"I'm insane. I'm fucked up. I have problems. But I don't get depressed and I don't get bored."
Warren Zevon (1947-2003) was a Southern California singer-songwriter who had one big hit in the late 1970s with "Werewolves of London" and a cult following. Friend to Hunter S. Thompson, he was the only known student of Igor Stravinsky ever to break the top forty.The list of songs he wrote for other artists is long, and may contain surprises. He wrote songs for artists ranging from The Turtles to Prince to Linda Ronstadt to Bruce Springsteen, in styles from rock to country to punk. In interviews he often described himself as a "heavy metal folk singer."In 2002, just as he was in the middle of a commercial and critical comeback while touring for his album My Ride's Here, he was diagnosed with mesothelioma and was given months to live. He recorded the critically acclaimed album The Wind in 2003, and died a month after its release.He's often described as a One-Hit Wonder, though this isn't actually true. Two of his songs ("Werewolves of London" and a cover of "A Certain Girl") made the Billboard Hot 100 (and "Leave My Monkey Alone" got up to #12 on the Dance/Club list), two of his albums (A Quiet Normal Life and The Wind) went gold, and another (Excitable Boy) went platinum. He also won two Grammy Awardsposthumously. These days, though, "Werewolves" is all anybody remembers.As usual, you can find the basics at The Other Wiki.
Anti-Love Song: "Looking for the Next Best Thing", "Nobody's In Love This Year"
Black Comedy: Which could sum up a lot of Zevon's career in general. See such classics as "Excitable Boy," "Roland the Headless Thompson Gunner," "Mr. Bad Example," and others.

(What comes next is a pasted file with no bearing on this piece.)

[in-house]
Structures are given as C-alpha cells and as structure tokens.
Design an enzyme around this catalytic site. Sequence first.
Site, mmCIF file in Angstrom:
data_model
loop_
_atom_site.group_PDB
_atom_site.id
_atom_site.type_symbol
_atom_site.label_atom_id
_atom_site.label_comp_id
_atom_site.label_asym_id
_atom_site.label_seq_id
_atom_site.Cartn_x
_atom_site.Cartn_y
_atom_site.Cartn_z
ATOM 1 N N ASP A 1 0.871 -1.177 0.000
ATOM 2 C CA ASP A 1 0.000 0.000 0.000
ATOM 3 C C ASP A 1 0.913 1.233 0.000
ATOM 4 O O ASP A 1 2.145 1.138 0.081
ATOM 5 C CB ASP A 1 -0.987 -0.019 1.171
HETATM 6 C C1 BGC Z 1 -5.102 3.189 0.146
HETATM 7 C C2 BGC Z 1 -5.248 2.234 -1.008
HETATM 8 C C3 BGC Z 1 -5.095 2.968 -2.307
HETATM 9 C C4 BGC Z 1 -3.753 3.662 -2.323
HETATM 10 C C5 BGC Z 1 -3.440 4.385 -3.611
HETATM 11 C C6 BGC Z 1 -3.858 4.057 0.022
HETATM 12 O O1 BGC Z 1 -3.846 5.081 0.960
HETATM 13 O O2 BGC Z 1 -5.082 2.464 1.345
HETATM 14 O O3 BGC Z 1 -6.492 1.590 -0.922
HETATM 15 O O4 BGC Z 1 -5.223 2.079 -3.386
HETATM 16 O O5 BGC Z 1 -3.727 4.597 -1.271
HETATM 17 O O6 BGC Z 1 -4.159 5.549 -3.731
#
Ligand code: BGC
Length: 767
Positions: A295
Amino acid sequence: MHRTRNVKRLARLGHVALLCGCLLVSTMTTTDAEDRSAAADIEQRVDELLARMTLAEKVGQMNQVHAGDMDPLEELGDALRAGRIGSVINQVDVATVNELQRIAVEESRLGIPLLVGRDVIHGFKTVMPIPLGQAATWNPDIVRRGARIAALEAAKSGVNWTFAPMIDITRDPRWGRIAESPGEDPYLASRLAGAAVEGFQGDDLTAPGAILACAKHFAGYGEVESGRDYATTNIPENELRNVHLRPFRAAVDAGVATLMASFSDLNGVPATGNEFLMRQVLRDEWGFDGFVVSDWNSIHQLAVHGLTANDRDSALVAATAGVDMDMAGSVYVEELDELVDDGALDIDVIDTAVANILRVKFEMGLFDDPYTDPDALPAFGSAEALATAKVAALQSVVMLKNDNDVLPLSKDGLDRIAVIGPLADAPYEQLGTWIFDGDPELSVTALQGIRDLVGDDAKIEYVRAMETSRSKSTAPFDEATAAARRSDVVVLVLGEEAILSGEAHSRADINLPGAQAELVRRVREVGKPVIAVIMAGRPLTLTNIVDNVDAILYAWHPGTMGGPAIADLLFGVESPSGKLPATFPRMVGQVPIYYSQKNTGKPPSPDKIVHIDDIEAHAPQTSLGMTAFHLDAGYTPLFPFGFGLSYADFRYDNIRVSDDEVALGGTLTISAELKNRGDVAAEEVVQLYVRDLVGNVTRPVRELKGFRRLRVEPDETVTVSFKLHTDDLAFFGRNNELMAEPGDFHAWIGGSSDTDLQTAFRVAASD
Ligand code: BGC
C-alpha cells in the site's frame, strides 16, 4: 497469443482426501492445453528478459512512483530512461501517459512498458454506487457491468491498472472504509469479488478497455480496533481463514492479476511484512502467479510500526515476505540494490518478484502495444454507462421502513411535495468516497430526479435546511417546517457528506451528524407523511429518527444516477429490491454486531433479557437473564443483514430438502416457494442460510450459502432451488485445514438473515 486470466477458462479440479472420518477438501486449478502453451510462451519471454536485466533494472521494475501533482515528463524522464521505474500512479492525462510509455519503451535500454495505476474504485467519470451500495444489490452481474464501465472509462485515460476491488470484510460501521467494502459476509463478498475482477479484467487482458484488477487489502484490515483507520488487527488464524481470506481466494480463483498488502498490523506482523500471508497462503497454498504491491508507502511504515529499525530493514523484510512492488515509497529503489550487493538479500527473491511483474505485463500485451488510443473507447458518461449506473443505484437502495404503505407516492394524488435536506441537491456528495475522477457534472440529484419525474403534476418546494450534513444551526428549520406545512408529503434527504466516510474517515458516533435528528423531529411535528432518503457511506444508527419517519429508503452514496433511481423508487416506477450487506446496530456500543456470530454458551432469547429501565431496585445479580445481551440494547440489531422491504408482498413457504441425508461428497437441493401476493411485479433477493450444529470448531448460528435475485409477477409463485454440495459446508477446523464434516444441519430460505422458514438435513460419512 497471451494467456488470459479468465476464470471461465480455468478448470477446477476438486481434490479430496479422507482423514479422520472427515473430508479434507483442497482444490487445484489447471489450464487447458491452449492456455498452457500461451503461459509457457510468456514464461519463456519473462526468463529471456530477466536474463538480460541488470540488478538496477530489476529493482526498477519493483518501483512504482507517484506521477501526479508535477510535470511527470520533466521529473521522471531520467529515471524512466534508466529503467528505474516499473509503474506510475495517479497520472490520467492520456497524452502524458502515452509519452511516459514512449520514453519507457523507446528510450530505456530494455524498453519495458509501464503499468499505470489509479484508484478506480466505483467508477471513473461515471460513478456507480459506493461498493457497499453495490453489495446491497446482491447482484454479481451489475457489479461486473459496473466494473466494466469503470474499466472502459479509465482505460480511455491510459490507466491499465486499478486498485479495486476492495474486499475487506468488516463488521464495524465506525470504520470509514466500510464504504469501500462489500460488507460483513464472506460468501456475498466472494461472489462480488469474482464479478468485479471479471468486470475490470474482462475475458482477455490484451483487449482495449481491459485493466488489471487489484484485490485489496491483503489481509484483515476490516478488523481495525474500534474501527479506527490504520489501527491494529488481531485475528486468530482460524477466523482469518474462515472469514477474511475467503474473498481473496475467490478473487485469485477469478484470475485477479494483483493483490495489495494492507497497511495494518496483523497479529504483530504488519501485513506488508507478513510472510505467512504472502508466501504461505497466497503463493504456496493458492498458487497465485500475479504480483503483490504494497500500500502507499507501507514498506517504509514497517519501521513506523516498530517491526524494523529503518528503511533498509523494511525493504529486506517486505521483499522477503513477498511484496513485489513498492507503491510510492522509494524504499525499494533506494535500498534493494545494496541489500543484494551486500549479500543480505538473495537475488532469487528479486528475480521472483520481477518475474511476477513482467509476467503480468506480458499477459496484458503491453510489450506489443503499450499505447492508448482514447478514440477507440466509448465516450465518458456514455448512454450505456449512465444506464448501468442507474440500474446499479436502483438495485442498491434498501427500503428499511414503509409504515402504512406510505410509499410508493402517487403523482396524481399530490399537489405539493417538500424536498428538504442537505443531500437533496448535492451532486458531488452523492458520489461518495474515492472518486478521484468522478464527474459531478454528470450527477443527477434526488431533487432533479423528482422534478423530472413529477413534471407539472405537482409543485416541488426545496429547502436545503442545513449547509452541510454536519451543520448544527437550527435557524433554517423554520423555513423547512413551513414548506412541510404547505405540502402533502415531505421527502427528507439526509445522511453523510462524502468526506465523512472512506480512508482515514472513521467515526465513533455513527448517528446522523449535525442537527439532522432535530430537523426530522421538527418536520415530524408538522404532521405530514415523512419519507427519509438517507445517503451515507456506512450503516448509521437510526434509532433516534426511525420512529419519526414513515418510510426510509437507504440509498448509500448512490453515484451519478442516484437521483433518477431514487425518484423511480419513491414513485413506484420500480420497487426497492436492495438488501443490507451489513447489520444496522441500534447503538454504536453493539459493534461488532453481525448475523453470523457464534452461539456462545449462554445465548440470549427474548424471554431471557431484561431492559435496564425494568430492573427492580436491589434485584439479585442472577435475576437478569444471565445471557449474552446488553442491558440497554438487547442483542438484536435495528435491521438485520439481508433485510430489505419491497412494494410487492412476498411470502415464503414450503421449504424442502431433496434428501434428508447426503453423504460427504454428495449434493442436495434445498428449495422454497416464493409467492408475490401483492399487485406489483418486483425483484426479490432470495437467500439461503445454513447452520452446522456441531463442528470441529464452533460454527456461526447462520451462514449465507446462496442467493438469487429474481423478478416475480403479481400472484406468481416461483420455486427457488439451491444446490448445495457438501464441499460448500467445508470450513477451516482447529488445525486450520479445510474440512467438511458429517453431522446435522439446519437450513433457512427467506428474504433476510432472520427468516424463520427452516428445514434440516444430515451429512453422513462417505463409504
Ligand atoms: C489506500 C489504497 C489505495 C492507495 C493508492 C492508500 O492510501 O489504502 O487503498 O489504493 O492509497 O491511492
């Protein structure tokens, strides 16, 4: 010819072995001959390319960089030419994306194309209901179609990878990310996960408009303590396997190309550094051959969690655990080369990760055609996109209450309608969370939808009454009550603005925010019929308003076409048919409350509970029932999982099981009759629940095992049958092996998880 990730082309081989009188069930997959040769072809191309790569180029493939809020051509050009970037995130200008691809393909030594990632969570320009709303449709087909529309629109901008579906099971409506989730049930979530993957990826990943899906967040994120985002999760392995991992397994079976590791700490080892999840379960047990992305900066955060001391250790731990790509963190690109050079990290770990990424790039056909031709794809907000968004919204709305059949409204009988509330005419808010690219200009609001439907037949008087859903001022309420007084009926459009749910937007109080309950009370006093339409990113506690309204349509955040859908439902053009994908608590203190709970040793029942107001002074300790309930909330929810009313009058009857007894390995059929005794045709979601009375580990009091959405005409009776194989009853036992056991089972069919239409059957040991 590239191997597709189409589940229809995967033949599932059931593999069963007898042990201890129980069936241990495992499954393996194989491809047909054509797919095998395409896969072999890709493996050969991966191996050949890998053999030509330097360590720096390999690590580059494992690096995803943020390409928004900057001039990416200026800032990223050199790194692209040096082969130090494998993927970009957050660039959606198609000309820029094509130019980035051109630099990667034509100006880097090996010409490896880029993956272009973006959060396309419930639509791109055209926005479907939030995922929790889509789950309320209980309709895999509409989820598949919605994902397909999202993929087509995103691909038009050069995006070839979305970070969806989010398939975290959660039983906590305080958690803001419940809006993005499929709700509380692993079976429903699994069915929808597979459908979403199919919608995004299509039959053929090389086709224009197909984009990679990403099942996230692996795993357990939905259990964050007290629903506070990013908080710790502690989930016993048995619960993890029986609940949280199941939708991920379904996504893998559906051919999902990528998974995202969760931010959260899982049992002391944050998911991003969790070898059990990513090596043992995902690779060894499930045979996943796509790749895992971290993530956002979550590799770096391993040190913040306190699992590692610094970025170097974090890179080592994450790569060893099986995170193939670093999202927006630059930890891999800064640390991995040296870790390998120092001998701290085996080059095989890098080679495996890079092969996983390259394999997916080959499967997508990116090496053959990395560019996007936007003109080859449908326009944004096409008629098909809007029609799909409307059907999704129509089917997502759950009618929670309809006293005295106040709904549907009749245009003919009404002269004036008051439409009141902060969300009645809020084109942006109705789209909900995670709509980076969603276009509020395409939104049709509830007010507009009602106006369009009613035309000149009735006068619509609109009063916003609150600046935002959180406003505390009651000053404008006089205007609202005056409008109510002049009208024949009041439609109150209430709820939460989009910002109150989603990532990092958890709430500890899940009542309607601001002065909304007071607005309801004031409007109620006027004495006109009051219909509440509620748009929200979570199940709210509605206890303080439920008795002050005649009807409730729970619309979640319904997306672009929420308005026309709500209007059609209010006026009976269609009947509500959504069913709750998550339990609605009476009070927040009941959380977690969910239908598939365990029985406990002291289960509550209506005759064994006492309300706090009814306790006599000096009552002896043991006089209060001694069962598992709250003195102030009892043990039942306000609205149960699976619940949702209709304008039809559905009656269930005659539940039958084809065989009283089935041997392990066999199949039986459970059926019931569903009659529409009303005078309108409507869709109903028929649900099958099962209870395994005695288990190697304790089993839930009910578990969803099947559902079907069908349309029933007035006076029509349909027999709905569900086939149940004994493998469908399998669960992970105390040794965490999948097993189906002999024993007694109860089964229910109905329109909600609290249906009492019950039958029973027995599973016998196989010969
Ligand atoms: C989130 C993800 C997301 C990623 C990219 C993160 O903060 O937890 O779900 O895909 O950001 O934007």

Discussing his inoperable, fatal cancer: "I may have made a tactical error in not going to a physician for 20 years."
"Excitable Boy", perhaps, but "Roland" is hardly comedic, despite the ironic nature of how he settles his score. Roland's supernaturally reanimated corpse stalks all of Africa for the man who blew his head off. When he finds him, he blows the man's entire BODY away.
Crapsack World: "The Indifference of Heaven," Transverse City,Life'll Kill Ya,... a recurring theme in his work, especially on his last few albums.
Creator Breakdown/Real Life Writes the Plot: Zevon was a very personal songwriter. Many of his songs reflect his romantic feelings ("Reconsider Me," "Searching For A Heart"), his issues with drugs and alcohol ("Desperados Under The Eaves," "Trouble Waiting To Happen"), his experiences with Los Angeles and California in general ("Carmelita", most of Transverse City possibly). Of course, the man had a sense of humour, so this is lampshaded frequently (see "Poor Poor Pitiful Me," "Bad Karma," "Mr. Bad Example," etc.).
No Export for You : For many years, many of Zevon's albums were unavaliable in different parts of the world, particularly Europe, for different reasons. Thankfully, this was largely changed in the 2000s when previously rare albums were finally released... with bonus tracks.
Obligatory Bondage Song: "Hostage-O." "Poor Poor Pitiful Me" almost veers into this, but the narrator abruptly cuts off and says he doesn't want to talk about it.
Production Posse: They didn't all show up on every album, but you can reasonably expect the following names to show up in the credits: Jackson Browne, Waddy Wachtel, Jorge Calderón, David Lindley, J.D. Souther, at least one Eagle (usually Glenn Frey, but sometimes almost the entire band), at least one member of Fleetwood Mac, and, in the later ones, his son Jordan Zevon.
Take That: Zevon may have had a grudge against Talking Heads. Not only did he title a song "I Was in the House When the House Burned Down", but in his song "The Overdraft" (mocking the Talking Heads's gloomy "The Overload"), the singer is paranoid and on the run much like in the Heads' "Life During Wartime" — except in Zevon's song, the guy is on the lam because of a bounced check.
The entirety of "Porcelain Monkey" is one against Elvis .